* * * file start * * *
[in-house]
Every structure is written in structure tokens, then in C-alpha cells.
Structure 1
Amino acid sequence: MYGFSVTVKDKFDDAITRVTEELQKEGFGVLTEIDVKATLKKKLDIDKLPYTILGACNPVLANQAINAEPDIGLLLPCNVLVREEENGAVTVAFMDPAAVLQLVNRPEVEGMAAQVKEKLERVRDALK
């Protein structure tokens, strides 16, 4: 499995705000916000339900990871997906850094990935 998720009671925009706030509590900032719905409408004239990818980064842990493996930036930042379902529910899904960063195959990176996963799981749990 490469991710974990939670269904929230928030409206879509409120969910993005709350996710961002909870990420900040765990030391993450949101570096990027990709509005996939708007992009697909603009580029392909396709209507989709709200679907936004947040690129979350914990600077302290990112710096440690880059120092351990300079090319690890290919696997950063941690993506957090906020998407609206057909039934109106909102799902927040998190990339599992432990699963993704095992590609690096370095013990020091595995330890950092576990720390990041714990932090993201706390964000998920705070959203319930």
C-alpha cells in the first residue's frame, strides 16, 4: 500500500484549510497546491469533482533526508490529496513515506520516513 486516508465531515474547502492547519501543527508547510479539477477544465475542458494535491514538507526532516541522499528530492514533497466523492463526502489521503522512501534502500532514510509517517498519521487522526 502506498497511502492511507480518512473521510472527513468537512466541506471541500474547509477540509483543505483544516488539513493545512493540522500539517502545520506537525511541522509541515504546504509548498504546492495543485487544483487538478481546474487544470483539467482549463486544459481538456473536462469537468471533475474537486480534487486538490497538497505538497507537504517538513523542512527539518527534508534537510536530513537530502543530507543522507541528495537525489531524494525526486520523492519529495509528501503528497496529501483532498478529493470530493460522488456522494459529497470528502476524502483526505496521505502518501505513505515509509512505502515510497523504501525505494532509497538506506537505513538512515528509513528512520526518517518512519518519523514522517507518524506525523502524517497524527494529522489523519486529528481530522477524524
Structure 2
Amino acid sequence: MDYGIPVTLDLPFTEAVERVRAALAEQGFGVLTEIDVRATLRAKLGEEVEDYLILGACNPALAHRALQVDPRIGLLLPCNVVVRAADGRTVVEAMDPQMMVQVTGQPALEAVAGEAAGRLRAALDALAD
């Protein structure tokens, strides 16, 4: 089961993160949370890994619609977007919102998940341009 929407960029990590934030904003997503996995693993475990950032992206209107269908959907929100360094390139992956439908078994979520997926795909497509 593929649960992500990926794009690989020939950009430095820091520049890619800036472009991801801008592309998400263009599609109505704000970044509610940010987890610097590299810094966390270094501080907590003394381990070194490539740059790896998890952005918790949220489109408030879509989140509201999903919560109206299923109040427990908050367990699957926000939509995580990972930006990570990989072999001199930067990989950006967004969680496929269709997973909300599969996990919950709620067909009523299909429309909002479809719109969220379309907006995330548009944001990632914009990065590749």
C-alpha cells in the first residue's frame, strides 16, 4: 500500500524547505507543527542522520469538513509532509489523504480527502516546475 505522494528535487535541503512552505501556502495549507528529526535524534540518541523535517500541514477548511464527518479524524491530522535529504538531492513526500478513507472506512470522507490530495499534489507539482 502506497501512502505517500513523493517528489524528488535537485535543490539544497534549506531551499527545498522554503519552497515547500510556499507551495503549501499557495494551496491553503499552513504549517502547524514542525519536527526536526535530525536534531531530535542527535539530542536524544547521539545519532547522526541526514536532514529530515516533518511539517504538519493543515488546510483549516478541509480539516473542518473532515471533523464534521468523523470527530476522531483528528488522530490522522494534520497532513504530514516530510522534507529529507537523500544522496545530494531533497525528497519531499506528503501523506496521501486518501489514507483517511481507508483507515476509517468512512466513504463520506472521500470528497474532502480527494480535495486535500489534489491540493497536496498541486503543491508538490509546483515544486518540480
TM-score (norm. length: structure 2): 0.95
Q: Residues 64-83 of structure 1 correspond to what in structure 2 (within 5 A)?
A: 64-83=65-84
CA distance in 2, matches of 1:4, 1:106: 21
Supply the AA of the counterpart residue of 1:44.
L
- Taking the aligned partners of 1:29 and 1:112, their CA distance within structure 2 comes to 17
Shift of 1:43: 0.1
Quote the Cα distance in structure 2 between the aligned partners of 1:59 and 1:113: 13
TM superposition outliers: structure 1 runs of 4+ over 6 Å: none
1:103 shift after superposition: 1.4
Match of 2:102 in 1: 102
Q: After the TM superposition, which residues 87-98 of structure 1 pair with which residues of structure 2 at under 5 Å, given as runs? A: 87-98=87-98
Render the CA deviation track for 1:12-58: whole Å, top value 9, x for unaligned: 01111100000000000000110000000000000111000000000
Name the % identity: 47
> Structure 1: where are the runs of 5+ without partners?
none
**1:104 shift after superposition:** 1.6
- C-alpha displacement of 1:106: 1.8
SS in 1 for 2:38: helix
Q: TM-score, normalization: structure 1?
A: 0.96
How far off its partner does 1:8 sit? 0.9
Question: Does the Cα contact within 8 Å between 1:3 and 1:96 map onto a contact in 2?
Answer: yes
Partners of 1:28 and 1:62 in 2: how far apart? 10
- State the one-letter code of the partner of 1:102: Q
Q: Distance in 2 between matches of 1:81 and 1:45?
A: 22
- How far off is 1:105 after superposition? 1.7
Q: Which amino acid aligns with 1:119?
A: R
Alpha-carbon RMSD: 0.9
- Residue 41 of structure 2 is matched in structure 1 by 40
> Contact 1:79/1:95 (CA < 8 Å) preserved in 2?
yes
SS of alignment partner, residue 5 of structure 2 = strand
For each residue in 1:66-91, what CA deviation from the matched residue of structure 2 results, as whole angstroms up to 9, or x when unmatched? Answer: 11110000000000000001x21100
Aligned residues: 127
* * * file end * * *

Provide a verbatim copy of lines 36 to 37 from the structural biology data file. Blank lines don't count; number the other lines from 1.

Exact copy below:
Partners of 1:28 and 1:62 in 2: how far apart? 10
- State the one-letter code of the partner of 1:102: Q